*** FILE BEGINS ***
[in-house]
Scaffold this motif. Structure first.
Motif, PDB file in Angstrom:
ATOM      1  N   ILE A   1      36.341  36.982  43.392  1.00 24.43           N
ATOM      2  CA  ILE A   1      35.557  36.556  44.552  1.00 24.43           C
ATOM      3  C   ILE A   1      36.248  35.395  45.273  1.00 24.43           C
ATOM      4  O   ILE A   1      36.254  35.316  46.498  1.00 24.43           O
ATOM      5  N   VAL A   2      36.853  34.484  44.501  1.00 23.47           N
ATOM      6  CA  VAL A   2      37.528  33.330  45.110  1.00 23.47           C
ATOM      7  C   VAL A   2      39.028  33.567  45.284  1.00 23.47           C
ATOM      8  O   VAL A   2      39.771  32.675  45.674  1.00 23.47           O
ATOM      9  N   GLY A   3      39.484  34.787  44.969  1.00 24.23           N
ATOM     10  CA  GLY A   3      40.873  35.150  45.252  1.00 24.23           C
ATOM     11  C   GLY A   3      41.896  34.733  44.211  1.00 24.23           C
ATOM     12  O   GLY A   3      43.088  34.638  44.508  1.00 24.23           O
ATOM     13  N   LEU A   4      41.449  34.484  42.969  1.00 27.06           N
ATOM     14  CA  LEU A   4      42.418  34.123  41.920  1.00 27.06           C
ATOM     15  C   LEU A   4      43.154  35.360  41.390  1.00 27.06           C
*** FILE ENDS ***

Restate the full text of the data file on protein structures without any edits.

[in-house]
Scaffold this motif. Structure first.
Motif, PDB file in Angstrom:
ATOM      1  N   ILE A   1      36.341  36.982  43.392  1.00 24.43           N
ATOM      2  CA  ILE A   1      35.557  36.556  44.552  1.00 24.43           C
ATOM      3  C   ILE A   1      36.248  35.395  45.273  1.00 24.43           C
ATOM      4  O   ILE A   1      36.254  35.316  46.498  1.00 24.43           O
ATOM      5  N   VAL A   2      36.853  34.484  44.501  1.00 23.47           N
ATOM      6  CA  VAL A   2      37.528  33.330  45.110  1.00 23.47           C
ATOM      7  C   VAL A   2      39.028  33.567  45.284  1.00 23.47           C
ATOM      8  O   VAL A   2      39.771  32.675  45.674  1.00 23.47           O
ATOM      9  N   GLY A   3      39.484  34.787  44.969  1.00 24.23           N
ATOM     10  CA  GLY A   3      40.873  35.150  45.252  1.00 24.23           C
ATOM     11  C   GLY A   3      41.896  34.733  44.211  1.00 24.23           C
ATOM     12  O   GLY A   3      43.088  34.638  44.508  1.00 24.23           O
ATOM     13  N   LEU A   4      41.449  34.484  42.969  1.00 27.06           N
ATOM     14  CA  LEU A   4      42.418  34.123  41.920  1.00 27.06           C
ATOM     15  C   LEU A   4      43.154  35.360  41.390  1.00 27.06           C